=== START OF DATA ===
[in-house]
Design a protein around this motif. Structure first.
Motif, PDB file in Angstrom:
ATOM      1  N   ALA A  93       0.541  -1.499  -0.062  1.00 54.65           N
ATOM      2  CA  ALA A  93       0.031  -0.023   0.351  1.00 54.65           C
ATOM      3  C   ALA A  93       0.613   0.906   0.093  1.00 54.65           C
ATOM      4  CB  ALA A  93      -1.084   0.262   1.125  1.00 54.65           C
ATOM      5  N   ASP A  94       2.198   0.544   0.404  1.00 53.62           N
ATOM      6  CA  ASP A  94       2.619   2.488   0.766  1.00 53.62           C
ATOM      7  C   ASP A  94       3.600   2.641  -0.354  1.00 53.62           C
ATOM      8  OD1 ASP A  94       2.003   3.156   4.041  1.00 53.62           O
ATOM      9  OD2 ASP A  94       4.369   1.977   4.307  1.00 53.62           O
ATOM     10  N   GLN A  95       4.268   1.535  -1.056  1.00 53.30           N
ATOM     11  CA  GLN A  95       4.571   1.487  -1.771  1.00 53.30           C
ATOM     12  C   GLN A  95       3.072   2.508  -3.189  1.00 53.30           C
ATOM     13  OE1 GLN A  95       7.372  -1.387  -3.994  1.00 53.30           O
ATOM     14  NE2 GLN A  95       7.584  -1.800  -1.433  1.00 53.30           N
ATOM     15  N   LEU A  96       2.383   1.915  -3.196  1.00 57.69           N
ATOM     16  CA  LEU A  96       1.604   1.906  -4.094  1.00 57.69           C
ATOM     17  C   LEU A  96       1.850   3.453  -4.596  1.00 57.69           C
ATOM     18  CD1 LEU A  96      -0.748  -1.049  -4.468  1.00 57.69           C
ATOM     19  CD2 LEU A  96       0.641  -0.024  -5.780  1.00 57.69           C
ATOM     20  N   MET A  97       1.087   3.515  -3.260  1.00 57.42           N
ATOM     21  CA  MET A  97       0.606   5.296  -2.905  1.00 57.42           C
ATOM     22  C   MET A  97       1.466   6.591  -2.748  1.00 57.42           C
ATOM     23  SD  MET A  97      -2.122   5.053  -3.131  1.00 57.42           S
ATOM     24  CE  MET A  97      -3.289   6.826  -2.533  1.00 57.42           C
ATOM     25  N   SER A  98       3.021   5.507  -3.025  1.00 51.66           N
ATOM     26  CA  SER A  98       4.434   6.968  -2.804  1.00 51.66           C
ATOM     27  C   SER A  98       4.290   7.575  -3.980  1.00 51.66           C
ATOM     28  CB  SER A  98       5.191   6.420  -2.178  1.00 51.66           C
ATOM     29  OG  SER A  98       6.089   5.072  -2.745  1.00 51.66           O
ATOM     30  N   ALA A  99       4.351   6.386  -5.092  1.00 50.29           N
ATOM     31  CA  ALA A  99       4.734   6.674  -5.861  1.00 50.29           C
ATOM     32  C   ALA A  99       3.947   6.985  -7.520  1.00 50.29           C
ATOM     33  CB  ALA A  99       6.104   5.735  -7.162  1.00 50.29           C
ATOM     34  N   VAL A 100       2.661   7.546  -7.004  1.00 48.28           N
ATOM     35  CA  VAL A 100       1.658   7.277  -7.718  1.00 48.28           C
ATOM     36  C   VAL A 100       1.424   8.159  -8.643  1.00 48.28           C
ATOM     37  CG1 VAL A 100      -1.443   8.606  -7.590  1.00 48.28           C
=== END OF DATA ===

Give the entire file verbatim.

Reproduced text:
[in-house]
Design a protein around this motif. Structure first.
Motif, PDB file in Angstrom:
ATOM      1  N   ALA A  93       0.541  -1.499  -0.062  1.00 54.65           N
ATOM      2  CA  ALA A  93       0.031  -0.023   0.351  1.00 54.65           C
ATOM      3  C   ALA A  93       0.613   0.906   0.093  1.00 54.65           C
ATOM      4  CB  ALA A  93      -1.084   0.262   1.125  1.00 54.65           C
ATOM      5  N   ASP A  94       2.198   0.544   0.404  1.00 53.62           N
ATOM      6  CA  ASP A  94       2.619   2.488   0.766  1.00 53.62           C
ATOM      7  C   ASP A  94       3.600   2.641  -0.354  1.00 53.62           C
ATOM      8  OD1 ASP A  94       2.003   3.156   4.041  1.00 53.62           O
ATOM      9  OD2 ASP A  94       4.369   1.977   4.307  1.00 53.62           O
ATOM     10  N   GLN A  95       4.268   1.535  -1.056  1.00 53.30           N
ATOM     11  CA  GLN A  95       4.571   1.487  -1.771  1.00 53.30           C
ATOM     12  C   GLN A  95       3.072   2.508  -3.189  1.00 53.30           C
ATOM     13  OE1 GLN A  95       7.372  -1.387  -3.994  1.00 53.30           O
ATOM     14  NE2 GLN A  95       7.584  -1.800  -1.433  1.00 53.30           N
ATOM     15  N   LEU A  96       2.383   1.915  -3.196  1.00 57.69           N
ATOM     16  CA  LEU A  96       1.604   1.906  -4.094  1.00 57.69           C
ATOM     17  C   LEU A  96       1.850   3.453  -4.596  1.00 57.69           C
ATOM     18  CD1 LEU A  96      -0.748  -1.049  -4.468  1.00 57.69           C
ATOM     19  CD2 LEU A  96       0.641  -0.024  -5.780  1.00 57.69           C
ATOM     20  N   MET A  97       1.087   3.515  -3.260  1.00 57.42           N
ATOM     21  CA  MET A  97       0.606   5.296  -2.905  1.00 57.42           C
ATOM     22  C   MET A  97       1.466   6.591  -2.748  1.00 57.42           C
ATOM     23  SD  MET A  97      -2.122   5.053  -3.131  1.00 57.42           S
ATOM     24  CE  MET A  97      -3.289   6.826  -2.533  1.00 57.42           C
ATOM     25  N   SER A  98       3.021   5.507  -3.025  1.00 51.66           N
ATOM     26  CA  SER A  98       4.434   6.968  -2.804  1.00 51.66           C
ATOM     27  C   SER A  98       4.290   7.575  -3.980  1.00 51.66           C
ATOM     28  CB  SER A  98       5.191   6.420  -2.178  1.00 51.66           C
ATOM     29  OG  SER A  98       6.089   5.072  -2.745  1.00 51.66           O
ATOM     30  N   ALA A  99       4.351   6.386  -5.092  1.00 50.29           N
ATOM     31  CA  ALA A  99       4.734   6.674  -5.861  1.00 50.29           C
ATOM     32  C   ALA A  99       3.947   6.985  -7.520  1.00 50.29           C
ATOM     33  CB  ALA A  99       6.104   5.735  -7.162  1.00 50.29           C
ATOM     34  N   VAL A 100       2.661   7.546  -7.004  1.00 48.28           N
ATOM     35  CA  VAL A 100       1.658   7.277  -7.718  1.00 48.28           C
ATOM     36  C   VAL A 100       1.424   8.159  -8.643  1.00 48.28           C
ATOM     37  CG1 VAL A 100      -1.443   8.606  -7.590  1.00 48.28           C